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Macquarie invests $200m in major US battery storage rollout

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ASX listed Macquarie Group has inked a major deal with California-based Advanced Microgrid Solutions, to bankroll the development of a $200 million fleet of major distributed energy storage projects at a variety of US commercial, industrial and government sites.

The transaction – which Greentech Media says could amount to the “largest dedicated energy storage finance vehicle” – will fund some of the major contracts AMS has already secured.

These include the installation 300MWh of behind the meter battery storage and demand management for California’s second-largest utility, Southern California Edison, to better service its commercial, industrial water and university customers in the West Los Angeles Basin area.

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SCE will purchase capacity from the AMS fleet of behind-the-meter, battery-based energy storage systems under 10-year capacity contracts to provide load reduction services, as part of the utility’s plan to modernise the grid by 2022.

Another major project will equip 24 office buildings of California real estate firm Irvine Company with Tesla Powerpacks and AMS energy management software, in effort to use battery storage to “shave peak energy while also providing Southern California Edison with up to 10MW of capacity.”

The AMS storage systems will also be used to improve grid solar integration and voltage management, as well as for retail energy services like demand management, back up generation and enhanced power quality.

For AMS, the $200 million from Macquarie Group’s principal investment arm, Macquarie Capital, is not just a financial investment in the landmark energy storage projects, but an endorsement for the company’s business model.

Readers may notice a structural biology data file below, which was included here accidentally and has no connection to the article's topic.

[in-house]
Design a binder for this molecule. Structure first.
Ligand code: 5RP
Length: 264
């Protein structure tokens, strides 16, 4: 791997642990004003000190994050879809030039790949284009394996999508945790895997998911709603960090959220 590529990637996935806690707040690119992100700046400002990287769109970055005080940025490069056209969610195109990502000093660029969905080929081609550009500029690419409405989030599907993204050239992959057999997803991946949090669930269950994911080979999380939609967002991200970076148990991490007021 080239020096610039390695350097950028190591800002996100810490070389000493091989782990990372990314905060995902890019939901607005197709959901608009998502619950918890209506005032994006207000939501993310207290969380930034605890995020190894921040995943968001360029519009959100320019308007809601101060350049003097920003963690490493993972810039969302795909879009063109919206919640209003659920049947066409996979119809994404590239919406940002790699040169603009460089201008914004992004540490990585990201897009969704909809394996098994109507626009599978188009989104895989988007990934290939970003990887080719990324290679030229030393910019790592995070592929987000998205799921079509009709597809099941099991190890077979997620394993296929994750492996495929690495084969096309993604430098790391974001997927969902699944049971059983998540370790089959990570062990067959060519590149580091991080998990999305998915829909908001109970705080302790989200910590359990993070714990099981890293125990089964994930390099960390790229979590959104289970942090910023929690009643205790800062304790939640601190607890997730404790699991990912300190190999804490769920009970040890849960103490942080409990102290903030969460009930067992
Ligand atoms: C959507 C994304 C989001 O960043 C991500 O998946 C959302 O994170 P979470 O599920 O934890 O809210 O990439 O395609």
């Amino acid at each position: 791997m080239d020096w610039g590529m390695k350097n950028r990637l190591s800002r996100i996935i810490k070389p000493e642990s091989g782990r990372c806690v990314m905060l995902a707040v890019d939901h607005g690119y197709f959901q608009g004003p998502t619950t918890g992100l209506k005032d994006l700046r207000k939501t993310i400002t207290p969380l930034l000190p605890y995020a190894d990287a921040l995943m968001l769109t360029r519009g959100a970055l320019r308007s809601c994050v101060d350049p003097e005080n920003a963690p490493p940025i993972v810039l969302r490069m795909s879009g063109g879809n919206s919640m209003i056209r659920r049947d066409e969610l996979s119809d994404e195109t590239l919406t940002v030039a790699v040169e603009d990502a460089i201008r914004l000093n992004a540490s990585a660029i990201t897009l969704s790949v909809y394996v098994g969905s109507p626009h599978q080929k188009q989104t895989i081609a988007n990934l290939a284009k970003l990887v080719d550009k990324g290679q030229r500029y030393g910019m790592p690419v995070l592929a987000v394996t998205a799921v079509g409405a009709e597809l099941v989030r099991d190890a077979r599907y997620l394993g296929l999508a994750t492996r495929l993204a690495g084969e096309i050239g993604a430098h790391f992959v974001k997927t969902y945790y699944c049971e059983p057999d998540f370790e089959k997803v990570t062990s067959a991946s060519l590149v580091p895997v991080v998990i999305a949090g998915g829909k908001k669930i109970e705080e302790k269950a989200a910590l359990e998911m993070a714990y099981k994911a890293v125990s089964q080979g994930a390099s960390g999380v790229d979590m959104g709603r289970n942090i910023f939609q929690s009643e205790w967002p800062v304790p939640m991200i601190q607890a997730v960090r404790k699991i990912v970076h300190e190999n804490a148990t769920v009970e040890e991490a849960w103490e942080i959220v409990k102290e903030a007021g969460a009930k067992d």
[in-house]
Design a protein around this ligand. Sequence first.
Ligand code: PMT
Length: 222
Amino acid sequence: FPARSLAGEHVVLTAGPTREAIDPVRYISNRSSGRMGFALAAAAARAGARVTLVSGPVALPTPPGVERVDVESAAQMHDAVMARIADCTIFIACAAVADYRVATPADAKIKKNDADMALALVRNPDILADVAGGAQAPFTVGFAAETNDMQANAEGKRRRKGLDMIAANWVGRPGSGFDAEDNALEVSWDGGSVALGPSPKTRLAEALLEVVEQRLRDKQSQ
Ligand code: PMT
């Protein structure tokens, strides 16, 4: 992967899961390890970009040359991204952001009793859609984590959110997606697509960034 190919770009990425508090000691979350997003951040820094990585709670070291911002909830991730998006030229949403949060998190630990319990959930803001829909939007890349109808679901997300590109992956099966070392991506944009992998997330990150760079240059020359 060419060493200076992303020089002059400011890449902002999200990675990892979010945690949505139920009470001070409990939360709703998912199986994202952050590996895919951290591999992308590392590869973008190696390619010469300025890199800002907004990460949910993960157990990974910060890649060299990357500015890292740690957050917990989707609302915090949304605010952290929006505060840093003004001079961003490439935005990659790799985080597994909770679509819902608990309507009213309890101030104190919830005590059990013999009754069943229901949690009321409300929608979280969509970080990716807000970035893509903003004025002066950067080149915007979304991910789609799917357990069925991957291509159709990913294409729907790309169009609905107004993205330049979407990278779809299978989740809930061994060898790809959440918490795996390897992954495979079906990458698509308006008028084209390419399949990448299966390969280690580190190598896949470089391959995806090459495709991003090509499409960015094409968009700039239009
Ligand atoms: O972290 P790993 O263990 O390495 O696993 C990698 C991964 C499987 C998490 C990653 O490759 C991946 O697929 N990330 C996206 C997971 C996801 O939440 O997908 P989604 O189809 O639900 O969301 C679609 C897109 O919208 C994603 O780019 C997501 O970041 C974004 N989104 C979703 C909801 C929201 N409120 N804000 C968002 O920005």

“Macquarie Capital is the gold standard for investment in critical infrastructure,” said Kelly Warner, President of AMS. “Combining our innovative designs and technology with Macquarie’s development and financing expertise will enable us to deliver best-in-class storage solutions and build tomorrow’s energy grid.”

For Macquarie’s part, AMS is a good bet on the shape of future energy infrastructure.

“AMS’ focus on contracted, grid-scale energy storage projects stands out amongst developers forging a path in energy storage space,” said Rob Kupchak, head of US power, utilities and renewables for Macquarie Capital.

“The next decade is likely to see huge changes in the mix of energy consumed across the globe, and we see energy storage rapidly emerging as a growth market in the next generation of energy infrastructure,” he said.

Indeed, AMS’s approach stands out, as Greentech Media has noted, because it is working with utilities from the start to identify the optimal amount of load-shifting that can be applied at local stress points, rather than signing up customers for behind-the-meter batteries and then looking for ways to sell their capabilities to the utility.

“Equipping a building with the technology to store and manage its own electricity turns that building into a standalone storage unit,” and if you “combine a dozen buildings into a fleet, you have the utility equivalent of a peaker plant,” AMS CEO Susan Kennedy told GTM recently.

“We’re offering utilities a customised solution using energy storage behind the customer’s meter, harnessing that load to provide specifically what the utility needs in a particular region. It’s a clean, fast, flexible product that doesn’t exist in the utility world today.

“If we get this right with the utilities we’re working with, it opens up the customer side – the customer as the ‘prosumer,’ as the one who is actually generating a grid resource and opening up that value stream for the utility,” Kennedy said.

According to AMS, Macquarie will take ownership of the project company and will also carry interest. AMS has received equity funding from DBL Investments, Arnold Schwarzenegger and Engie SA, the large French electricity and gas provider.  

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